Another reason for fasting, also from the David story, is to ask God for something (2 Samuel 12:13-24). The prophet Nathan has told David that, as his punishment for the adultery with Bathsheba and the murder of Uriah, David’s child is going to die. So David fasts and prays in sackcloth, asking God to spare the child’s life. When the child dies, however, after all his praying and fasting, David gets up, washes and anoints himself, and takes food, to the astonishment of his servants,. Something of the sort also goes on at Ezra 8:21 (fasting for a safe journey).
Yet another reason for fasting in the Old Testament is the recognition that people have sinned; Baruch 1:5 is an example of this, as are Nehemiah 1:4 and 9:1-37, and Daniel 9:3. One challenge to us here is the sense of corporate solidarity that is evident in this fasting; our tendency is rather more towards the self-centred: ‘I need to lose weight, so I shall give up alcohol or chocolate for Lent’. We are perhaps nearer the mark when we join in a day of fasting for a particular charitable cause.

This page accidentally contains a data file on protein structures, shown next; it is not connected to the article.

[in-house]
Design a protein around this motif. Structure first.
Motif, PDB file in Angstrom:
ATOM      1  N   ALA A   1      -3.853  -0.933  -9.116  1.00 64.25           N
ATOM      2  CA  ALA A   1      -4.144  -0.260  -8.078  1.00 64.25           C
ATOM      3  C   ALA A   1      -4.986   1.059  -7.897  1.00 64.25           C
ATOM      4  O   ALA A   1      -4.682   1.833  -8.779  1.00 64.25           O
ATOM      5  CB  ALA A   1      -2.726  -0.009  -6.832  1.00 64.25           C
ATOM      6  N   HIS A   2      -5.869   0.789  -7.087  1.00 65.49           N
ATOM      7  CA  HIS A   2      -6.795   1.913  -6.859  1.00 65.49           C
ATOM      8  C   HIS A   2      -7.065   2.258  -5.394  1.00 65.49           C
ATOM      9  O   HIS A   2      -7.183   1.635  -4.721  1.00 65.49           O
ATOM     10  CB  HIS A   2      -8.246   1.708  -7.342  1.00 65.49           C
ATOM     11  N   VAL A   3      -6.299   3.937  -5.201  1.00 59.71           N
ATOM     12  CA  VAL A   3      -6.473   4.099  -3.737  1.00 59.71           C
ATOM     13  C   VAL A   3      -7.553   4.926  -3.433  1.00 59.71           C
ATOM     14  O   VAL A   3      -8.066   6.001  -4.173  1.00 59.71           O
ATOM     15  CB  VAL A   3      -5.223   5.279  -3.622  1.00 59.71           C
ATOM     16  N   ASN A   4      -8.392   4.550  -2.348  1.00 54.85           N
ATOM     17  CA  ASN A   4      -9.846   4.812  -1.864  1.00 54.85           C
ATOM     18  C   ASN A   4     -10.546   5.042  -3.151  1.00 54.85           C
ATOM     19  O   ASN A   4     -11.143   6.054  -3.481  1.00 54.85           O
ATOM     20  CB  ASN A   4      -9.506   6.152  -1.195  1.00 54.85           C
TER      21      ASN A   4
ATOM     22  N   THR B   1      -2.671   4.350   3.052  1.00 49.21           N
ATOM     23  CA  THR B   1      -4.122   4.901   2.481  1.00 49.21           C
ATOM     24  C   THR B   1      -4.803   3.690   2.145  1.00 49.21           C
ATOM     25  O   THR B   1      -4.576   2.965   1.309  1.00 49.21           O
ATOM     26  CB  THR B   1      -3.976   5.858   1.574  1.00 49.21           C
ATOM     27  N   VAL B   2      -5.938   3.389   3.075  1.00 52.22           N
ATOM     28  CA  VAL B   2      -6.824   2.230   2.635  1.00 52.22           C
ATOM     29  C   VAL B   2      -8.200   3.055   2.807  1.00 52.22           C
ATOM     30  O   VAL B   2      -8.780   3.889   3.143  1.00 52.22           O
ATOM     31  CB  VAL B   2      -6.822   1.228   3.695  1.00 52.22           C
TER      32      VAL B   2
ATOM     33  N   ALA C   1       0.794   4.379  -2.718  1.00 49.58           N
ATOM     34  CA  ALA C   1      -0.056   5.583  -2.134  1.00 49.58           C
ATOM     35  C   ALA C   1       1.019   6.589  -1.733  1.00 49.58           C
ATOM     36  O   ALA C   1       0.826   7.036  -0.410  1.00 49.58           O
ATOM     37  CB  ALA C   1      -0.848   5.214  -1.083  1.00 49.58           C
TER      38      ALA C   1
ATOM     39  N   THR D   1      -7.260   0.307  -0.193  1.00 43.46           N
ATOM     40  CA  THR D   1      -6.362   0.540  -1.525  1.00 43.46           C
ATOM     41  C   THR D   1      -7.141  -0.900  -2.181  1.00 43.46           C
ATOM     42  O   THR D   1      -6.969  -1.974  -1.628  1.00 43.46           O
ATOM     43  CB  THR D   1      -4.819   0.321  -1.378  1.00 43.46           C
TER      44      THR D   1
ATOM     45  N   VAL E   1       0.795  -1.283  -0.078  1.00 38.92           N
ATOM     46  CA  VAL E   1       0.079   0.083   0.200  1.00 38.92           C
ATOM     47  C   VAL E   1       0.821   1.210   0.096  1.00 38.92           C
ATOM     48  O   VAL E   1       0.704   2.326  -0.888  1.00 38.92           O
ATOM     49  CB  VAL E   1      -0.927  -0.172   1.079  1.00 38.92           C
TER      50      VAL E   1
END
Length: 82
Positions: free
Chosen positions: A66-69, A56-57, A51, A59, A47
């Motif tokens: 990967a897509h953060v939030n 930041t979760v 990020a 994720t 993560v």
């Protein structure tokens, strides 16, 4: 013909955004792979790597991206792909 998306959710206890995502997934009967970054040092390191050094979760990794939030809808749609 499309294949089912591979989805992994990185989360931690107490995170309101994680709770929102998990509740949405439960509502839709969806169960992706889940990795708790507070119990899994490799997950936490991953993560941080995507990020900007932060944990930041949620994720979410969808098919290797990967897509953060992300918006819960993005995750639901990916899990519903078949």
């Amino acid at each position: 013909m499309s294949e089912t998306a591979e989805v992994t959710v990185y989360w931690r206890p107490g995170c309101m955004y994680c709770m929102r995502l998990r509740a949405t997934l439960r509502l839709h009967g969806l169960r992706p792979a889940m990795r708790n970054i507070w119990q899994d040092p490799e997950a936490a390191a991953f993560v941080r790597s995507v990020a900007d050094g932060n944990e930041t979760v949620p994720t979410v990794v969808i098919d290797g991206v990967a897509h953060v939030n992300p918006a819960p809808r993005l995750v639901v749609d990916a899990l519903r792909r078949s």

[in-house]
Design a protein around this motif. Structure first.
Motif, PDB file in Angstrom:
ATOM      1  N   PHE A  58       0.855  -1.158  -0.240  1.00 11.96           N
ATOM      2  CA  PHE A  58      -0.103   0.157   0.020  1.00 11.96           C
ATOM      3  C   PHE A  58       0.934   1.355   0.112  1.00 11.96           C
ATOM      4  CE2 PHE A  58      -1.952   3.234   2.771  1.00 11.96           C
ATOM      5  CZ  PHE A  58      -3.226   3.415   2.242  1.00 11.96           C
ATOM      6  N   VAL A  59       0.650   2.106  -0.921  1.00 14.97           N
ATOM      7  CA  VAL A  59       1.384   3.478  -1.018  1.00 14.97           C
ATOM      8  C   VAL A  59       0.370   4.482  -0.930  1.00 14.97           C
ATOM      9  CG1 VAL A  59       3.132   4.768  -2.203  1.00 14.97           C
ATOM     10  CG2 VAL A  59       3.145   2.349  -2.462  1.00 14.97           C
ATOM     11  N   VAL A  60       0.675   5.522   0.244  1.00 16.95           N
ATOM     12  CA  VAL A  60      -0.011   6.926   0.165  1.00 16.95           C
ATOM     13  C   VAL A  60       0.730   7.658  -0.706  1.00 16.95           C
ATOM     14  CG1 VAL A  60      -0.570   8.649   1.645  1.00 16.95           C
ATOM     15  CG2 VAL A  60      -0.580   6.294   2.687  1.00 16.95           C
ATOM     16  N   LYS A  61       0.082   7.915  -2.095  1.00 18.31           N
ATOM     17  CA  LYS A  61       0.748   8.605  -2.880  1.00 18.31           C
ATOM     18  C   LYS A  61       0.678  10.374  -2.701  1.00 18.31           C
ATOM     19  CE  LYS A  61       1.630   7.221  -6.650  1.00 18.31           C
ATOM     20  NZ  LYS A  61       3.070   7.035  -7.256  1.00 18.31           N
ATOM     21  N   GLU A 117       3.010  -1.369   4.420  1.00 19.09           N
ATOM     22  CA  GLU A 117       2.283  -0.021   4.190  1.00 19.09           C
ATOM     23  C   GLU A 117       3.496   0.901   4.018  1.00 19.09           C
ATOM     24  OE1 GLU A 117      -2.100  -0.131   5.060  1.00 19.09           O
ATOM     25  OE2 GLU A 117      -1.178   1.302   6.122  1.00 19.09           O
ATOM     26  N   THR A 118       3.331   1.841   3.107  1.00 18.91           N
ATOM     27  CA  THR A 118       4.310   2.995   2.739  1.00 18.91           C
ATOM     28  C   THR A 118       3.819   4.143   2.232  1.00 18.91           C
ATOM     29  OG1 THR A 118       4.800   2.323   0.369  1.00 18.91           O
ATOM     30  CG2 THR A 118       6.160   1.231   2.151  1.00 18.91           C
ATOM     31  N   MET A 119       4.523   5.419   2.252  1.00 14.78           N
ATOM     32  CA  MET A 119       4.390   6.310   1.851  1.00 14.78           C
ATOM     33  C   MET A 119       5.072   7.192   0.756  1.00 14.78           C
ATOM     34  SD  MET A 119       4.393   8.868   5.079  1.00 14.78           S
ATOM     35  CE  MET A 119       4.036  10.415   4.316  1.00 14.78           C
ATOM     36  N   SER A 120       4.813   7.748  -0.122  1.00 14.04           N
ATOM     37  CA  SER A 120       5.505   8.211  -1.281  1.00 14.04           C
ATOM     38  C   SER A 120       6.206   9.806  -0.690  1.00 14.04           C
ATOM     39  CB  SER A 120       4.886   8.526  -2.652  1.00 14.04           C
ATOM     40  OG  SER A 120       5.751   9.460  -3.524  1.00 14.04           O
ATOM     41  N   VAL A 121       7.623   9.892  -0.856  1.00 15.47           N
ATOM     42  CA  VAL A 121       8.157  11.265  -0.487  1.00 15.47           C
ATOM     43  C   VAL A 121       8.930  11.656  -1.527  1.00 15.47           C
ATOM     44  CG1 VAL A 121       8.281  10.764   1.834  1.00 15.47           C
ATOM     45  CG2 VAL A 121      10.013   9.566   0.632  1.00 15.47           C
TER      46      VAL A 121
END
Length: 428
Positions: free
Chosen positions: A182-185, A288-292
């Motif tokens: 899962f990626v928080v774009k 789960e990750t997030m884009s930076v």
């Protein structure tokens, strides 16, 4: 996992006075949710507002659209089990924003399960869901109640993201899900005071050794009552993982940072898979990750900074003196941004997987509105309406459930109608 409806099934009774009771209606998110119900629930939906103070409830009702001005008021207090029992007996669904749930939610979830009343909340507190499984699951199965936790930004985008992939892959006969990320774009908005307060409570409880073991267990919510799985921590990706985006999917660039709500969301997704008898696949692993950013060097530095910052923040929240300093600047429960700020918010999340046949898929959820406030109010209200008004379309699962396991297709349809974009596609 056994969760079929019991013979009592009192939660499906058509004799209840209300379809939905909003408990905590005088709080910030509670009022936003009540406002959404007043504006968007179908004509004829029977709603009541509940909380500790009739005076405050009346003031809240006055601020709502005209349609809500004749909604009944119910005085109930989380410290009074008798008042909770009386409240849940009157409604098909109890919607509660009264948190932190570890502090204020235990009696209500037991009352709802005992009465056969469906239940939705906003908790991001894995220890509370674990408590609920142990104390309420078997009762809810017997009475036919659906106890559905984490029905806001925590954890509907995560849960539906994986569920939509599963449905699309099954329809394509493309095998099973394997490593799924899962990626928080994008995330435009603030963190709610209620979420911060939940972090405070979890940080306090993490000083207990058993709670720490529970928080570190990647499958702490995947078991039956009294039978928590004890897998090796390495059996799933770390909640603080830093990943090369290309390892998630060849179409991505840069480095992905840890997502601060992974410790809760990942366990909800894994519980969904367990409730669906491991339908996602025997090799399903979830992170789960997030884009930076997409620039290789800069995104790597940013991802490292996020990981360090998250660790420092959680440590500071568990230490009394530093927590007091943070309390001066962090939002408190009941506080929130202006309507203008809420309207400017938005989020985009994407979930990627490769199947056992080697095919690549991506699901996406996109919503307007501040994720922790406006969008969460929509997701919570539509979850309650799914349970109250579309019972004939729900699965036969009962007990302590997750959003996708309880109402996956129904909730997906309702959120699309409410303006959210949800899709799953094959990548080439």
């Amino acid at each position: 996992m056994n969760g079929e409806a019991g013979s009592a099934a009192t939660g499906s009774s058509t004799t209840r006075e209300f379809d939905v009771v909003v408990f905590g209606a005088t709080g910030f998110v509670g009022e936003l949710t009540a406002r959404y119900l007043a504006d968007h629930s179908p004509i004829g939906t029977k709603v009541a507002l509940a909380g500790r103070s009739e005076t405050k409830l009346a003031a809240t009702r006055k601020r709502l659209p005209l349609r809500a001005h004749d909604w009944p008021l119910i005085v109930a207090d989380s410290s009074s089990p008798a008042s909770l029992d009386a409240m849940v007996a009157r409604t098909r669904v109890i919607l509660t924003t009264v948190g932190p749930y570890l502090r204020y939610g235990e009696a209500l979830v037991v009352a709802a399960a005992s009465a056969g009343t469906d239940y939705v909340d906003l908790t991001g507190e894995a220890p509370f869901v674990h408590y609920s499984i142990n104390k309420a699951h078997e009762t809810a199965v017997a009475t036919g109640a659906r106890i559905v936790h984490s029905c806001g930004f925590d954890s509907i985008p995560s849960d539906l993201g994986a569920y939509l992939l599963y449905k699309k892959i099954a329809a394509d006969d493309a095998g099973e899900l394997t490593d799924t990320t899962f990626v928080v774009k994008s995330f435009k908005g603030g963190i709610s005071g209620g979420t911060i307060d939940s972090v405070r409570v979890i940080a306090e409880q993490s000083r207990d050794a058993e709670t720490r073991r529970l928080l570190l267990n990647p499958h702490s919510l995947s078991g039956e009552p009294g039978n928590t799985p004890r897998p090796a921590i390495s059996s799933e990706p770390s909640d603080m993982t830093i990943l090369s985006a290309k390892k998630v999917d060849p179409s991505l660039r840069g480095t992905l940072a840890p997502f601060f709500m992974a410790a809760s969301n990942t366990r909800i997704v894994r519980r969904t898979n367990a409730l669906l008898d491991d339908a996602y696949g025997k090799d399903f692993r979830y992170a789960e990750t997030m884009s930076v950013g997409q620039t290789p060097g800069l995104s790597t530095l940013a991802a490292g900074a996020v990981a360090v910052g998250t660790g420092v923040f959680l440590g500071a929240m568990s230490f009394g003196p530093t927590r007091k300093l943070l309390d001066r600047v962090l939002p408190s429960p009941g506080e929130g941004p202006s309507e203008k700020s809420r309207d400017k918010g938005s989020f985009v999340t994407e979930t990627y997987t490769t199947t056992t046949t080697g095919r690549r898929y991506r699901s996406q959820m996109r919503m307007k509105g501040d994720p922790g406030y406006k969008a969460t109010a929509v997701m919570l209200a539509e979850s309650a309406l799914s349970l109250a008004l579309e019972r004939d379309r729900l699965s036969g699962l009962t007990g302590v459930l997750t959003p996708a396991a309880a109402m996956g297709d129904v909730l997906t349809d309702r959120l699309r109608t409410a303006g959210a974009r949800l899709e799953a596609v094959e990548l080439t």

When you look to the New Testament, it is rather striking that fasting is not very much mentioned. This is, I suspect, because resurrection is at the heart of the New Testament, the very foundation of all Christian faith. If God has finally intervened on behalf of his people in Jesus’s resurrection from the dead, then all those other reasons – mourning, petition and repentance – have lost their urgency.